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Reagan cuts eat into school lunches

Schoolchildren are lining up for their share of the Reagan administraion's budget cut by paying more for less food on their lunch trays. Along with other cuts signed into law last month, President Reagan trimmed $1 .46 billion from $5.66 billion earmarked for child nutrition programs. Critics of the cutback point out that the money saved roughly equals the $1.44 billion spent last year in federal subsidies for the Pentagon's five executive dining rooms for military officers.

Dennis Barrett, food service director for the 92,000 schoolchildren in the Clark County, Nev., school district (which includes the City of Las Vegas), says that he's "furious" with the drastic cuts in nutrition programs while other programs such as tobacco subsidies remain almost untouched. "That our young people are not as important as keeping the price of cigarettes down is absolutely criminal," he says.

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But, according to Mary C. Jarratt, assistant secretary for food and consumer services at the US Department of Agriculture (USDA), "The proposed changes are designed to maintain the nutritional balance of the oldest federal feeding program in the country, while at the same time providing state and local officials more flexibility in controlling costs and simplifying administration." USDA food services section head Virginia Wilkening says the effect of the cuts will be limited because "we fully expect a lot of schools will continue to serve larger amounts than the regulations specify." Smaller portions and more flexible regulations also are intended to cut "plate waste," generally estimated at 15 percent.

USDA officials will meet critics head on Thursday and Friday (Sept. 17 and 18 ) in congressional hearings on the school meals proposals. The USDA and a number of school officials will argue that program cutbacks can be made without seriously hurting children.

Responsibility for implementing the nutrition program cutbacks falls on the USDA. Most attention so far is focused on the largest feeding program, the school lunch program. This year the program, which serves 26 million children in 94,000 schools, is meant to pare spending by $1 billion.

The USDA has authorized meal price increases and proposes reductions in the size of school meal portions. Already most schools around the country have doubled the charge for reduced-price meals to 40 cents and raised full-price meals to as mush as $1.30. Since these price increases are not expected to cover the full $1 billion loss of federal support, the USDA proposes cutting the size of school meals and permitting alternatives such as using yogurt or soybean curd (tofu) in place of meat. The USDA also has tightened eligibility requirements and expects that a considerable number of students will no longer qualify for free or reduced price meals. (Currently 55 percent pay full price, 7 percent reduced price, and 38 percent qualify for free meals.)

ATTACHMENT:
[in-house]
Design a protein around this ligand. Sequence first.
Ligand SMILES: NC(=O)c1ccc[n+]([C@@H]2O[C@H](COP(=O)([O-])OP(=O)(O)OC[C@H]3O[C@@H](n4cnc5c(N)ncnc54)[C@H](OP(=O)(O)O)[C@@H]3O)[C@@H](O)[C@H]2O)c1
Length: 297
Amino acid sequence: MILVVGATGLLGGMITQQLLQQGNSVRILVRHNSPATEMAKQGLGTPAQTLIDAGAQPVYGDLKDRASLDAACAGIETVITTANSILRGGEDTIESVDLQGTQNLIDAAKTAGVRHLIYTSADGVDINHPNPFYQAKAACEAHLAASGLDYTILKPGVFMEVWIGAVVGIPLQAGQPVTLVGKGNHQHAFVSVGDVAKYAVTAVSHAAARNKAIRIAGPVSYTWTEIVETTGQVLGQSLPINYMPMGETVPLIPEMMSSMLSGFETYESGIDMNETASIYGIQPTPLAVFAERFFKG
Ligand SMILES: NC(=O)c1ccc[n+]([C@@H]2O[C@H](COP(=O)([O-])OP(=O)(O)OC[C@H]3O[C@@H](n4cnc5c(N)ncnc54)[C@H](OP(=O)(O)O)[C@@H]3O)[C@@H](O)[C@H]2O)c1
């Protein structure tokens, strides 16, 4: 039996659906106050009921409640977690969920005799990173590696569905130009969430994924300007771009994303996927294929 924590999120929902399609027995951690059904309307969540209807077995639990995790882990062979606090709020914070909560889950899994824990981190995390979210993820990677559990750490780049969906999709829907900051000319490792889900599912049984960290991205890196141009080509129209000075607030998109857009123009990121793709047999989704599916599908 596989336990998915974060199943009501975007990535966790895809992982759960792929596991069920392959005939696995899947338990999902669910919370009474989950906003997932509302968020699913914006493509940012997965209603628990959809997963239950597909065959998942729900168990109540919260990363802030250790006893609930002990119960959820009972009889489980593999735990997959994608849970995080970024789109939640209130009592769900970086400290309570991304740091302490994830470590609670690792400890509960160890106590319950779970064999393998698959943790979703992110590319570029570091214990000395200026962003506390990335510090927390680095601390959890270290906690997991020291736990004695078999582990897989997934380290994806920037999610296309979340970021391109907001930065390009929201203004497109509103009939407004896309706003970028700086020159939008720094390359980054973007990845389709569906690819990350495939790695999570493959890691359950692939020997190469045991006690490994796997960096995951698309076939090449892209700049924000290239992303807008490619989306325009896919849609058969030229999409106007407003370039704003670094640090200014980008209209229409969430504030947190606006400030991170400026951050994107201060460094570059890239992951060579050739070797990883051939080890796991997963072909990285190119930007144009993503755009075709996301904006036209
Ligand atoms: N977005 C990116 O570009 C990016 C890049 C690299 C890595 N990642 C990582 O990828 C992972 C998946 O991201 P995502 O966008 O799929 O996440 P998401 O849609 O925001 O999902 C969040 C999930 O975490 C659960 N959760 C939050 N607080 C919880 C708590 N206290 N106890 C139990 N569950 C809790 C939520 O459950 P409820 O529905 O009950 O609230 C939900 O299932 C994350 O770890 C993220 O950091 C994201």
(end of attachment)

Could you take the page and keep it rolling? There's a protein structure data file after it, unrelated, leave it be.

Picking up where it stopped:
Critics, however, charge that the changes are turning meals into "snacks." School officials warn that this shift may cause serious health and educational problems for many children who rely on school breakfast and lunch programs for more than half their nutritional needs.

Because inflation has been a constant challenge, schools are already familiar with ways to cut costs while boosting nutritional values. Earl Newsome, school lunch program director in Houston, and his Chicago counterpart, Cain Jones, both feel they have improved their programs by providing foods that children like to eat: burritos, tacos, pizza. With stress on high-quality ingredients, Mr. Jones says, "We hope we're gaining more from improving the nutritional value than we're losing from the budget cutbacks."

Elizabeth Cagan, New York City's food services director, fought the budget cuts but now concentrates on creative ways to do more with less. Close cooperation with suppliers means that the city's 520,000 lunches contain no artificial ingredients or preservatives. Her "tasting portion" innovation gives students a chance to try something new -- and then go back for more if they like it. As well, she hopes to keep New York's reduced price lunch at 20 cents because "We don't want to take the chance of children dropping out of the program because of the money."

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Dennis Barret in Las Vegas reports that increased prices there have cut student participation by about 30 percent because "Mom and Dad don't know where they're going to get that extra few dollars each week." The result, he says, is in some cases more brown bags filled with soda pop, potato chips, a small sandwich, and a candy bar -- and in other cases "not eating at all."

Worries about cutbacks in the nutrition programs coincide with recent studies indicating that current programs already are inadequate.

Just when the administration has cut the school lunch program, Congress's General Accounting Office has issued a report entitled "Efforts to Improve School Lunch Programs: Are They Paying Off?" After tests, including laboratory analyses, the report concluded that "None of the secondary-school lunch formats tested in the seven school districts reviewed met the program's goal of providing over time one-third of the students' RDA [recommended dietary allowances] even though the lunches as offered on the average met or exceeded the amounts of food required in the meal pattern. Some nutrients did not even met one-fourth RDA."

In what school officials feel is a final affront, the Reagan administration and Congress are considering this week further spending cuts for child nutrition programs.

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